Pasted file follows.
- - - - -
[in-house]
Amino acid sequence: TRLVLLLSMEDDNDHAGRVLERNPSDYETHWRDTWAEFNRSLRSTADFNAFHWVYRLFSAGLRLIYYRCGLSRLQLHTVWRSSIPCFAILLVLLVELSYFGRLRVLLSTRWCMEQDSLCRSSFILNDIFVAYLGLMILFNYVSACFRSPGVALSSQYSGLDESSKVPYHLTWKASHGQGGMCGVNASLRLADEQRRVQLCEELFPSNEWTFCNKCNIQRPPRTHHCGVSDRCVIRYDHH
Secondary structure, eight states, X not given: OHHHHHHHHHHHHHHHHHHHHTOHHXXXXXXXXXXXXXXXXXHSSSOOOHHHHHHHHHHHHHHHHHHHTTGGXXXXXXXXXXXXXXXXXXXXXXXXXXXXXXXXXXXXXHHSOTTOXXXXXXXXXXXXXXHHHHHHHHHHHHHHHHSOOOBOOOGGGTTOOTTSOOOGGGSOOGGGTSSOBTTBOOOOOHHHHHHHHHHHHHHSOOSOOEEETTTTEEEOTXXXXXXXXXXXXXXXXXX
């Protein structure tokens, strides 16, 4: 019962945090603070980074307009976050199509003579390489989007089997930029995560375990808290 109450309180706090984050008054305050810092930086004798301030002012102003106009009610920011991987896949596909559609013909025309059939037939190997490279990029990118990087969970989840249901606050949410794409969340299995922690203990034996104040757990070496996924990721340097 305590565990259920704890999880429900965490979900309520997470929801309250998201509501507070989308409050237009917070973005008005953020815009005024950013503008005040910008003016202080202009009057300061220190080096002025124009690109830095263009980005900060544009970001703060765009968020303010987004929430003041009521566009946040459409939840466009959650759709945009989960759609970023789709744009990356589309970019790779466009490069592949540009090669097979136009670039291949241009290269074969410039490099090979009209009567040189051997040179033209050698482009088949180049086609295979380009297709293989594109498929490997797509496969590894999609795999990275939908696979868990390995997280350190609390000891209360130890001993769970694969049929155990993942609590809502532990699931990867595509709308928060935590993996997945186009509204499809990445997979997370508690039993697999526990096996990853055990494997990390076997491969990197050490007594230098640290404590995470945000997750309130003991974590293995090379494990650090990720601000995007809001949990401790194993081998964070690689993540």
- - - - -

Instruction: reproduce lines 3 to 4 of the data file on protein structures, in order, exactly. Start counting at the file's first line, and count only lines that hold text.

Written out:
Secondary structure, eight states, X not given: OHHHHHHHHHHHHHHHHHHHHTOHHXXXXXXXXXXXXXXXXXHSSSOOOHHHHHHHHHHHHHHHHHHHTTGGXXXXXXXXXXXXXXXXXXXXXXXXXXXXXXXXXXXXXHHSOTTOXXXXXXXXXXXXXXHHHHHHHHHHHHHHHHSOOOBOOOGGGTTOOTTSOOOGGGSOOGGGTSSOBTTBOOOOOHHHHHHHHHHHHHHSOOSOOEEETTTTEEEOTXXXXXXXXXXXXXXXXXX
């Protein structure tokens, strides 16, 4: 019962945090603070980074307009976050199509003579390489989007089997930029995560375990808290 109450309180706090984050008054305050810092930086004798301030002012102003106009009610920011991987896949596909559609013909025309059939037939190997490279990029990118990087969970989840249901606050949410794409969340299995922690203990034996104040757990070496996924990721340097 305590565990259920704890999880429900965490979900309520997470929801309250998201509501507070989308409050237009917070973005008005953020815009005024950013503008005040910008003016202080202009009057300061220190080096002025124009690109830095263009980005900060544009970001703060765009968020303010987004929430003041009521566009946040459409939840466009959650759709945009989960759609970023789709744009990356589309970019790779466009490069592949540009090669097979136009670039291949241009290269074969410039490099090979009209009567040189051997040179033209050698482009088949180049086609295979380009297709293989594109498929490997797509496969590894999609795999990275939908696979868990390995997280350190609390000891209360130890001993769970694969049929155990993942609590809502532990699931990867595509709308928060935590993996997945186009509204499809990445997979997370508690039993697999526990096996990853055990494997990390076997491969990197050490007594230098640290404590995470945000997750309130003991974590293995090379494990650090990720601000995007809001949990401790194993081998964070690689993540």